This is the first exhibition in Britain devoted to salted paper prints, one of the earliest forms of photography. A uniquely British invention, unveiled by William Henry Fox Talbot in 1839, salt prints spread across the globe, creating a new visual language of the modern moment.
This revolutionary technique transformed subjects from still lifes, portraits, landscapes and scenes of daily life into images with their own specific aesthetic: a soft, luxurious effect particular to this photographic process.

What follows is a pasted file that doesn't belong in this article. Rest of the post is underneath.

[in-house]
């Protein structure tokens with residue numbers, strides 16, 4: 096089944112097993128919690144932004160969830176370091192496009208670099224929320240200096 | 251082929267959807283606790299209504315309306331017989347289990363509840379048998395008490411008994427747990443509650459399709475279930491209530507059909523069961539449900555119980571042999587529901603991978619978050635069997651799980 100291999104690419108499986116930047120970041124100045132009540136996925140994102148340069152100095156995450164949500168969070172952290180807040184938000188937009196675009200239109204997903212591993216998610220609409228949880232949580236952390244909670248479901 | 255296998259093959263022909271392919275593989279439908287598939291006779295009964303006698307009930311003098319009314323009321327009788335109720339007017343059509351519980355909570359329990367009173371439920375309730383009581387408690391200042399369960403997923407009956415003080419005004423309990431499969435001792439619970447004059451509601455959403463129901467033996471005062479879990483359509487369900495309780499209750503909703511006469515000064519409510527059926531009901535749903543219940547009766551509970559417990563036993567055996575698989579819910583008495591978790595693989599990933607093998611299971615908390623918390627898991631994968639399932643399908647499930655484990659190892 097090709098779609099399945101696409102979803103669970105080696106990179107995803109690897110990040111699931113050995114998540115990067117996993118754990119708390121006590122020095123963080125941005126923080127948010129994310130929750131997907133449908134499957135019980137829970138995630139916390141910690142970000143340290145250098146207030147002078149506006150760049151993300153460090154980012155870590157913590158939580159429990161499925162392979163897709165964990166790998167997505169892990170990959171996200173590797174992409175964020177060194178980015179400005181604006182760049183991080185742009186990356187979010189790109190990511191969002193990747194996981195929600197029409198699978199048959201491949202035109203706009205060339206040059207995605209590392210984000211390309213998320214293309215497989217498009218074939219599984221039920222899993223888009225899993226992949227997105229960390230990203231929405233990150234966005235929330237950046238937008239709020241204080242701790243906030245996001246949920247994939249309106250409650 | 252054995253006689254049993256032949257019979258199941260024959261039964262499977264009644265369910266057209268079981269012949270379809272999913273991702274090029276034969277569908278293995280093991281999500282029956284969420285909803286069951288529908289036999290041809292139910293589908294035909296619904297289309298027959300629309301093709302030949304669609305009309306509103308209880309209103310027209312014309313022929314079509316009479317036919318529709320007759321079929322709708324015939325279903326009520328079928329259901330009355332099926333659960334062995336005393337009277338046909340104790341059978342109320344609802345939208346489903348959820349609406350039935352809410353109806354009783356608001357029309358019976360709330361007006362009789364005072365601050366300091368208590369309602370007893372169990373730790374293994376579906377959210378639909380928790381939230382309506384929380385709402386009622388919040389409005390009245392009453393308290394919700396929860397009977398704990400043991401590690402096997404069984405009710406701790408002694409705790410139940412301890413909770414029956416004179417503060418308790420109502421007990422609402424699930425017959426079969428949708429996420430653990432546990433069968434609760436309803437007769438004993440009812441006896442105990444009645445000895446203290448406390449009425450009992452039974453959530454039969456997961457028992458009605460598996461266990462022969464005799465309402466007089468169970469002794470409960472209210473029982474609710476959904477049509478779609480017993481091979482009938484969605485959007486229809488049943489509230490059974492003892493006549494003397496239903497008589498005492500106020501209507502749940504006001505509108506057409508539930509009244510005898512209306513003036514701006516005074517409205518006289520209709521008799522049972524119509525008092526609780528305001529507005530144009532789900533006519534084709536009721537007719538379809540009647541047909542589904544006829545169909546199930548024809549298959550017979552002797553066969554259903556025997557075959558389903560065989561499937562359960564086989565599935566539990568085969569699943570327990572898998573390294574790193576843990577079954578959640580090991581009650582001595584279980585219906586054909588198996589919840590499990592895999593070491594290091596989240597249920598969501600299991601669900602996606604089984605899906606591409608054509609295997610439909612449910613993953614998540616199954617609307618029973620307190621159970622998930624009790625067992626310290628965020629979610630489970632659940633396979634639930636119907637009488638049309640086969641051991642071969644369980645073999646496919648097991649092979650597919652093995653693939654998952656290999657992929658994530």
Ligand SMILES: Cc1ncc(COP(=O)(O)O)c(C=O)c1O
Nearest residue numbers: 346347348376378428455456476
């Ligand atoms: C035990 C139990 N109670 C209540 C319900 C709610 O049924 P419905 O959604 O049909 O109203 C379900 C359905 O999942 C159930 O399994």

The few salt prints that survive are seldom seen due to their fragility, and so this exhibition, a collaboration with the Wilson Centre for Photography, is a singular opportunity to see the rarest and best early photographs of this type in the world.
There is a softness in the interplay of light and shade that almost seems to anticipate Impressionism.
Shows a warmth that often seems to be lacking in 19th-century portrait photography.
Essentially, we’re witnessing photography’s remarkable emergence into the world.